#1 Steroids - One of the most common treatments for cats with IBD is to use steroids, most commonly prednisolone, which will decrease inflammation. Keep in mind one of the side effects of prednisolone is increased thirst and urination.
Steroids also suppress the immune system, so cats with heart disease or really bad kidney disease might need to be on aa really low dose of steroids, or even something like budesonide, which is a steroid that isn’t systemically absorbed. It only works in the small intestine to reduce inflammation, so there’s less of a risk of side effects.
#2. Probiotics - There are many different types available (like Proviable or FortiFlora), but Liz recommended the strain s. Boulardii.
#3 Antibiotics - Some vets prescribe cats a long-term course of an antibiotic called metronidazole.
#4 Diet - There is a prescription diet called hydrolyzed protein, where the protein is broken down so much into tiny particles that the cat is getting the nutrition but their overactive immune system doesn’t recognize it or overreact to it.
If a vet knows what’s making the cat react, they may put them on a different select protein diet like rabbit and potato.
Prescription diets are a bit more expensive, especially because they’re made in specific isolated ways to be mixed with other foods during processing and packaging. These diets require a prescription from a vet.
If you buy a prescription diet for your cat and they don’t eat it, you should be able to return it to the store for a refund.
#5 Fecal Transplantation - Liz shared that she did fecal transplantation, a newer science, for her two cats with IBD, and it significantly helped the condition of their stool.
She worked with a company (AnimalBiome) that collects stool from cats with balanced gut bacteria, analyzes it to make sure there are no parasites and contagions, dehydrates the stool, and puts it in capsules. These are in turn ingested by a cat suffering from IBD.
Supplementing the gut with the correct bacteria helps the cat with IBD get a more balanced microbiome (gut bacteria).
The steps include sending in a stool sample, getting it analyzed, giving the cat capsules for a period of time, and then retesting the stool. She treated two cats, and they both improved.
Q: Is gluten-free the same as grain-free?
Leslie: They are not the same, but grain-free is gluten-free.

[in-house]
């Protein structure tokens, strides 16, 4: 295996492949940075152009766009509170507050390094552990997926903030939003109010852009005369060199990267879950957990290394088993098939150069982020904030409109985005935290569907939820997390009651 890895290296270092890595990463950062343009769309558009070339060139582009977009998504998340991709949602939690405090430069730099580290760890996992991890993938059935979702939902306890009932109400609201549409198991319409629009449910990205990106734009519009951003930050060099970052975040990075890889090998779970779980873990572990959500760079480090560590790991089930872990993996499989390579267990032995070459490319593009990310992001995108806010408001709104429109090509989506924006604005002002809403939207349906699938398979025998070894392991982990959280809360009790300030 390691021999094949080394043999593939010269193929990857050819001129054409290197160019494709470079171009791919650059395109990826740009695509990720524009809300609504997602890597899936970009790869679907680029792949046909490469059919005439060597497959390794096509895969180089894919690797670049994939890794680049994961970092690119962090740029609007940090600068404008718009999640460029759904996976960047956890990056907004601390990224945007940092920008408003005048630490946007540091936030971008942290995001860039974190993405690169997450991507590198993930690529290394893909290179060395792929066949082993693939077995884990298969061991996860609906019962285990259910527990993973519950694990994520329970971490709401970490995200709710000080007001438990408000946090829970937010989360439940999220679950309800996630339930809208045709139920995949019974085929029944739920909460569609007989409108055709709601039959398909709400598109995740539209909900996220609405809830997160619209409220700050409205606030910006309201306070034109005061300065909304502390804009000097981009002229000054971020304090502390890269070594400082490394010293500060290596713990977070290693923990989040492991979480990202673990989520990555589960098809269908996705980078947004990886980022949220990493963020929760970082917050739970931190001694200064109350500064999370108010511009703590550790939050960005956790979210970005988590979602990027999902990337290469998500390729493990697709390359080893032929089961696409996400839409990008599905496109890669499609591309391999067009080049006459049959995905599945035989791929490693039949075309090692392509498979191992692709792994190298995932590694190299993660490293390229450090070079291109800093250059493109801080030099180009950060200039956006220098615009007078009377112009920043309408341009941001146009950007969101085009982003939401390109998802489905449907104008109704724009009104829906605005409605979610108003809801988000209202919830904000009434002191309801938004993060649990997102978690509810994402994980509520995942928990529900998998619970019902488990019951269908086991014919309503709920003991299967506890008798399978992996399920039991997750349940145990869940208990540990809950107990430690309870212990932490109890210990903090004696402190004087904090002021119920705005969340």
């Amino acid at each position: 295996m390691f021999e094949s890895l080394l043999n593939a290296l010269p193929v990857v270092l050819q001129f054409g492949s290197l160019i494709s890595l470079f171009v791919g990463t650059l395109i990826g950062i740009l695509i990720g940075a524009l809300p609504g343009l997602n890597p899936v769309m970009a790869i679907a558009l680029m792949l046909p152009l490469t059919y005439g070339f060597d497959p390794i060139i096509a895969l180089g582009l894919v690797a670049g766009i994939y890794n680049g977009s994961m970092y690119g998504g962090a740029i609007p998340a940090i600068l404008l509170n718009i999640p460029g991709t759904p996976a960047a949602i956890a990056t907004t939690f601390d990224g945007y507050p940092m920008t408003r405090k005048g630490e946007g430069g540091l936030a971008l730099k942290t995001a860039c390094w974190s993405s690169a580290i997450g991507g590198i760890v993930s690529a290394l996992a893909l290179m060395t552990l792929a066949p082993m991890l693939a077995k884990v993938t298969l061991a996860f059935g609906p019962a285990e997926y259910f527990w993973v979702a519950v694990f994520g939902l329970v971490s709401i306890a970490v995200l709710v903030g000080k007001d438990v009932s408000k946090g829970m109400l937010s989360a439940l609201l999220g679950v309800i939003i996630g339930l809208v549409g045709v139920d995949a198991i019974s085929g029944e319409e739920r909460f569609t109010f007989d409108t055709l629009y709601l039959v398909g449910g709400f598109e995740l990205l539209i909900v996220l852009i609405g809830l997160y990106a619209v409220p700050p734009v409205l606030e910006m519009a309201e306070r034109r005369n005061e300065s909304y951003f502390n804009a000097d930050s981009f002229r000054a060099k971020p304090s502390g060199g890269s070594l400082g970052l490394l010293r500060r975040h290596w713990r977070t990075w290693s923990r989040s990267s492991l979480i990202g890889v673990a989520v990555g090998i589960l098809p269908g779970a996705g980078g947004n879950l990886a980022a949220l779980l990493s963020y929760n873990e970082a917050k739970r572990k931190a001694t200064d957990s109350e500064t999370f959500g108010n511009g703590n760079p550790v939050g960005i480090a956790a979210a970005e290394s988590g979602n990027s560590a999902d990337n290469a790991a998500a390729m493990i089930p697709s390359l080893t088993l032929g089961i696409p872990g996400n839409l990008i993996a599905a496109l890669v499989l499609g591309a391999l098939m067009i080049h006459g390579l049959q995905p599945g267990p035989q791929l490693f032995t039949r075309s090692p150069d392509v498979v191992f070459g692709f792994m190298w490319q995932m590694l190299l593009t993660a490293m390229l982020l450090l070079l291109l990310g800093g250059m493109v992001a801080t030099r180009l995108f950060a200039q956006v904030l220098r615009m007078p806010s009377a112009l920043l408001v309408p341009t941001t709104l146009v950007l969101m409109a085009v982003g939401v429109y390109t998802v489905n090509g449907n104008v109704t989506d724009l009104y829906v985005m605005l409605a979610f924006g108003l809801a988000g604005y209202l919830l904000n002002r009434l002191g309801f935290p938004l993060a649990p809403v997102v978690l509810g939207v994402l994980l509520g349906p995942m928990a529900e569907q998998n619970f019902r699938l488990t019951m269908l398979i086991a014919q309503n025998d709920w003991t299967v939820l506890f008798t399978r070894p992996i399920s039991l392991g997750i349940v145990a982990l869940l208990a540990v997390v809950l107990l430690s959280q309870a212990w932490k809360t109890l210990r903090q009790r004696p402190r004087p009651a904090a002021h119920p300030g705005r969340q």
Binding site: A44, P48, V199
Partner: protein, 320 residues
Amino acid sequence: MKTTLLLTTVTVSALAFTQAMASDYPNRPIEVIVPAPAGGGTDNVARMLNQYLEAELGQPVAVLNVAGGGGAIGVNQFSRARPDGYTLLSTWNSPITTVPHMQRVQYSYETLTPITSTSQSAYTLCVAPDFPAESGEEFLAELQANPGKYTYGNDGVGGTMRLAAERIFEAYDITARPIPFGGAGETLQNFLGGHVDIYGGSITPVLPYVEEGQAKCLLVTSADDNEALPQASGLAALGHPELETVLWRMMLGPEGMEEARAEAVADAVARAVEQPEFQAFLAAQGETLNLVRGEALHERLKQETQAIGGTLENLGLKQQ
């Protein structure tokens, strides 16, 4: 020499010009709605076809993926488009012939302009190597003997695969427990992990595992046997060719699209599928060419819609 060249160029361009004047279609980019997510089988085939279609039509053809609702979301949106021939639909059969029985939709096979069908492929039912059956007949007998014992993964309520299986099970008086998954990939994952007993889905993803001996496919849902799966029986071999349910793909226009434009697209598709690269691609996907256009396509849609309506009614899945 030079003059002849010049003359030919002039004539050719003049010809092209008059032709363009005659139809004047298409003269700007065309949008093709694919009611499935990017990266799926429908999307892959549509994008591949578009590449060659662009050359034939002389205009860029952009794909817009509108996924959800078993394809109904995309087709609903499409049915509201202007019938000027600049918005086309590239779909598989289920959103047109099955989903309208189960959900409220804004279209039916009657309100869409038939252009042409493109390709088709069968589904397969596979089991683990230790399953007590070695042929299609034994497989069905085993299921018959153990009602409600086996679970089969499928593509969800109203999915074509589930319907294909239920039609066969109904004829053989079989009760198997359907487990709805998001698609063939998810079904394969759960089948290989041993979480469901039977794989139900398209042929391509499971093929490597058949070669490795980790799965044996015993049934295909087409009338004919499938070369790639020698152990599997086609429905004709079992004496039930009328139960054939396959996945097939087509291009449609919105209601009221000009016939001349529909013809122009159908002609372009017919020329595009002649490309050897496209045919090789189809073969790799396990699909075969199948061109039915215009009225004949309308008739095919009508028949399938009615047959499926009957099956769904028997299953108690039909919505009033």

Liz: My understanding is gluten-free is a specific type of grain, but grain-free is free of all grains.
Q: Is there any indication that the high protein food is connected to kidney disease?
Leslie: I have not heard that, and I’m really not sure.
Q: How can I get my cat with kidney disease to drink more water? I have a My Lovely Feline fountain.
Liz: Sometimes, I get the cat packets that are mostly broth, and I put it on top of the wet food, just to add even more moisture.
Q: Do you have a brand you tend to like or recommend more?
Leslie: It depends on the condition. I’ve prescribed Purina, Hill’s, and Royal Canin. A lot of it depends on the clinic and which company they partner with. They all pretty much make the same prescription food.
Q: Do you know if some urinary diets only prevent the crystals from forming, whereas another diet may dissolve the crystals? I read somewhere that they don’t all dissolve the crystals.
Leslie: I’m not sure, but I think that is correct. You’d have to check the specific food’s website for details.
When it comes to specific diets and digestive issues, it’s important that you discuss all of your options with your vet. Whatever course of action you decide to take, make sure you’ve reviewed the pros and cons, and accept any associated risk (no matter how small).
It’s a delicate balance between juggling a financial aspect, ongoing research, as well as your cat’s wellbeing. Make sure you pay attention to how your cat handles any diet or treatment plan and reach out to your vet with any concerns. There are many diets and many different options to treat IBD, so you can always change from your original plan if what you’re trying isn’t working.